What is the perspective of evolution on the concept of consciousness?

The concept of consciousness, or the ability to be aware of one’s existence and surroundings, has been a topic of fascination and debate for centuries. While philosophers and scientists have proposed various theories and explanations for consciousness, the perspective of evolution offers a unique and compelling understanding of this complex concept. Evolution, the process by which species change and adapt over time, provides a framework for understanding the development and function of consciousness in human beings. In this essay, we will explore the perspective of evolution on the concept of consciousness and how it has shaped our understanding of this fundamental aspect of human existence.

Consciousness is likely an evolved adaptation since it meets George Williams’ criteria of species universality, complexity, and functionality, and it is a trait that apparently increases fitness.

In his paper “Evolution of consciousness,” John Eccles argues that special anatomical and physical adaptations of the mammalian cerebral cortex gave rise to consciousness. In contrast, others have argued that the recursive circuitry underwriting consciousness is much more primitive, having evolved initially in pre-mammalian species because it improves the capacity for interaction with both social and natural environments by providing an energy-saving “neutral” gear in an otherwise energy-expensive motor output machine. Once in place, this recursive circuitry may well have provided a basis for the subsequent development of many of the functions that consciousness facilitates in higher organisms, as outlined by Bernard J. Baars. Richard Dawkins suggested that we evolved consciousness in order to make ourselves the subjects of thought. Daniel Povinelli suggests that large, tree-climbing apes evolved consciousness to take into account one’s own mass when moving safely among tree branches. Consistent with this hypothesis, Gordon Gallup found that chimps and orangutans, but not little monkeys or terrestrial gorillas, demonstrated self-awareness in mirror tests.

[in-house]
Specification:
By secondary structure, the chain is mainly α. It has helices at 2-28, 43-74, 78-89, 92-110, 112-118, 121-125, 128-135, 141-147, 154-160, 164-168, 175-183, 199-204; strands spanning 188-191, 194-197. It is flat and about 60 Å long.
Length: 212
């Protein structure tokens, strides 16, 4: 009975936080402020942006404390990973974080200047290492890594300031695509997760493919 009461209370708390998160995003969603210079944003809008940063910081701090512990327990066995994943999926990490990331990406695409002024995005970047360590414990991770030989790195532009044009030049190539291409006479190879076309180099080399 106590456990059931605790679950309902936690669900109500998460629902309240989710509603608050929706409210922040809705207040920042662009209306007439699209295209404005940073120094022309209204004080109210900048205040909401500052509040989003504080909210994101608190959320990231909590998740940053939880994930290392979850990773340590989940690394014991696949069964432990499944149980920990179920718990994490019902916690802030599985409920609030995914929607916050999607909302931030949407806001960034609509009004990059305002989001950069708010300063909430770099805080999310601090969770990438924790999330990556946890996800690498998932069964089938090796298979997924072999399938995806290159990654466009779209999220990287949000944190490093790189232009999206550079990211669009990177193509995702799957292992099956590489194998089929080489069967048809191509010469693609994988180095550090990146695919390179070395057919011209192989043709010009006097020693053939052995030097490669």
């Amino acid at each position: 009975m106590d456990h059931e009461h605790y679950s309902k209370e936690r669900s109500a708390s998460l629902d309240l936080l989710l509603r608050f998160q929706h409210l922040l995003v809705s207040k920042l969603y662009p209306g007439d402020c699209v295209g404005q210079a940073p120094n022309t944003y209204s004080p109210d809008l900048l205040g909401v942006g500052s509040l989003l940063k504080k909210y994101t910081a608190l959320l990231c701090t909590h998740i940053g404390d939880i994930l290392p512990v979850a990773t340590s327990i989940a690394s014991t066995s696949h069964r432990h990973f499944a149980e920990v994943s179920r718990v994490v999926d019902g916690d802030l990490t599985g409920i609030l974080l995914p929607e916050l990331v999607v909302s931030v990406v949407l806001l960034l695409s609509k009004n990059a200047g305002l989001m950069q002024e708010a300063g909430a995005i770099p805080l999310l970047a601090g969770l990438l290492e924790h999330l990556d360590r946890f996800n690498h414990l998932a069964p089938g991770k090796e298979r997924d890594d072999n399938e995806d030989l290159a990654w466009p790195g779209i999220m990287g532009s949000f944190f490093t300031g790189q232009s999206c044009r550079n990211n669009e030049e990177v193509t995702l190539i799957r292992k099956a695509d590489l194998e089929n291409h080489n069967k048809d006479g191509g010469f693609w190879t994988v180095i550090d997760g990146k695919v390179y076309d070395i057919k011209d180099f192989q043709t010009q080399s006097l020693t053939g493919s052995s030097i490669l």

The concept of consciousness can refer to voluntary action, awareness, or wakefulness. However, even voluntary behavior involves unconscious mechanisms. Many cognitive processes take place in the cognitive unconscious, unavailable to conscious awareness. Some behaviors are conscious when learned but then become unconscious, seemingly automatic. Learning, especially implicitly learning a skill, can take place outside of consciousness. For example, plenty of people know how to turn right when they ride a bike, but very few can accurately explain how they actually do so. Evolutionary psychology approaches self-deception as an adaptation that can improve one’s results in social exchanges. Sleep may have evolved to conserve energy when activity would be less fruitful or more dangerous, such as at night, especially in winter.

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